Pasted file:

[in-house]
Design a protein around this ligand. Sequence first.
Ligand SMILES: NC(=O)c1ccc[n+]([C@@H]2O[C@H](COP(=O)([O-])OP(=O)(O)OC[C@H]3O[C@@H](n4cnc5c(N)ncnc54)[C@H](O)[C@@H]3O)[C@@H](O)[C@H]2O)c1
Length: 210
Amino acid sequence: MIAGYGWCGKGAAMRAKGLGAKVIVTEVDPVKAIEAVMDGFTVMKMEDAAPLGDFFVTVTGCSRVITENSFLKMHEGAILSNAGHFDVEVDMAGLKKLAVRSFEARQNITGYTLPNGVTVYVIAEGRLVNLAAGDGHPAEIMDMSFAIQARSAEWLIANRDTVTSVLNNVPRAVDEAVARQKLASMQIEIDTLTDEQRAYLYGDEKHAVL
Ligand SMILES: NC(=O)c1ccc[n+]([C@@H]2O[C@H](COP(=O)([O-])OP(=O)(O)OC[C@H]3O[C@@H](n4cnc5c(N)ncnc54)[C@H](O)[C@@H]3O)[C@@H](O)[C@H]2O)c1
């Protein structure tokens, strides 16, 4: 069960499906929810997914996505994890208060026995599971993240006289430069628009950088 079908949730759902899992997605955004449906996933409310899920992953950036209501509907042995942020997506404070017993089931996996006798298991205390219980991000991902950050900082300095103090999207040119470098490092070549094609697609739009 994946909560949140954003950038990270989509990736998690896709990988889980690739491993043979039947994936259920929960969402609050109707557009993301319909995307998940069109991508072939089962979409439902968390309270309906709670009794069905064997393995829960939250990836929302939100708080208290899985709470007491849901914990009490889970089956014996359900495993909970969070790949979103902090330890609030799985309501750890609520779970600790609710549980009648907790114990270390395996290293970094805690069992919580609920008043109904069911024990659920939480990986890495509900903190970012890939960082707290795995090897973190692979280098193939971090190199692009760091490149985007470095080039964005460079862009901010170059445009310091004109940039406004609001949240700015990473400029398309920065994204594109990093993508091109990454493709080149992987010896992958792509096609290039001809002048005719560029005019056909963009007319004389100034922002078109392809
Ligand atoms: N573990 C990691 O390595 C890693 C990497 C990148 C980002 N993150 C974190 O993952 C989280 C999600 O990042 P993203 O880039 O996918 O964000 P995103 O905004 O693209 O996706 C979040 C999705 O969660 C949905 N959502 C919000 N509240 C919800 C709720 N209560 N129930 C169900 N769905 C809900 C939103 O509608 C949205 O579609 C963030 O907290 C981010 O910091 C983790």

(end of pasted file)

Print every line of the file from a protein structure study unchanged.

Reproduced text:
[in-house]
Design a protein around this ligand. Sequence first.
Ligand SMILES: NC(=O)c1ccc[n+]([C@@H]2O[C@H](COP(=O)([O-])OP(=O)(O)OC[C@H]3O[C@@H](n4cnc5c(N)ncnc54)[C@H](O)[C@@H]3O)[C@@H](O)[C@H]2O)c1
Length: 210
Amino acid sequence: MIAGYGWCGKGAAMRAKGLGAKVIVTEVDPVKAIEAVMDGFTVMKMEDAAPLGDFFVTVTGCSRVITENSFLKMHEGAILSNAGHFDVEVDMAGLKKLAVRSFEARQNITGYTLPNGVTVYVIAEGRLVNLAAGDGHPAEIMDMSFAIQARSAEWLIANRDTVTSVLNNVPRAVDEAVARQKLASMQIEIDTLTDEQRAYLYGDEKHAVL
Ligand SMILES: NC(=O)c1ccc[n+]([C@@H]2O[C@H](COP(=O)([O-])OP(=O)(O)OC[C@H]3O[C@@H](n4cnc5c(N)ncnc54)[C@H](O)[C@@H]3O)[C@@H](O)[C@H]2O)c1
């Protein structure tokens, strides 16, 4: 069960499906929810997914996505994890208060026995599971993240006289430069628009950088 079908949730759902899992997605955004449906996933409310899920992953950036209501509907042995942020997506404070017993089931996996006798298991205390219980991000991902950050900082300095103090999207040119470098490092070549094609697609739009 994946909560949140954003950038990270989509990736998690896709990988889980690739491993043979039947994936259920929960969402609050109707557009993301319909995307998940069109991508072939089962979409439902968390309270309906709670009794069905064997393995829960939250990836929302939100708080208290899985709470007491849901914990009490889970089956014996359900495993909970969070790949979103902090330890609030799985309501750890609520779970600790609710549980009648907790114990270390395996290293970094805690069992919580609920008043109904069911024990659920939480990986890495509900903190970012890939960082707290795995090897973190692979280098193939971090190199692009760091490149985007470095080039964005460079862009901010170059445009310091004109940039406004609001949240700015990473400029398309920065994204594109990093993508091109990454493709080149992987010896992958792509096609290039001809002048005719560029005019056909963009007319004389100034922002078109392809
Ligand atoms: N573990 C990691 O390595 C890693 C990497 C990148 C980002 N993150 C974190 O993952 C989280 C999600 O990042 P993203 O880039 O996918 O964000 P995103 O905004 O693209 O996706 C979040 C999705 O969660 C949905 N959502 C919000 N509240 C919800 C709720 N209560 N129930 C169900 N769905 C809900 C939103 O509608 C949205 O579609 C963030 O907290 C981010 O910091 C983790």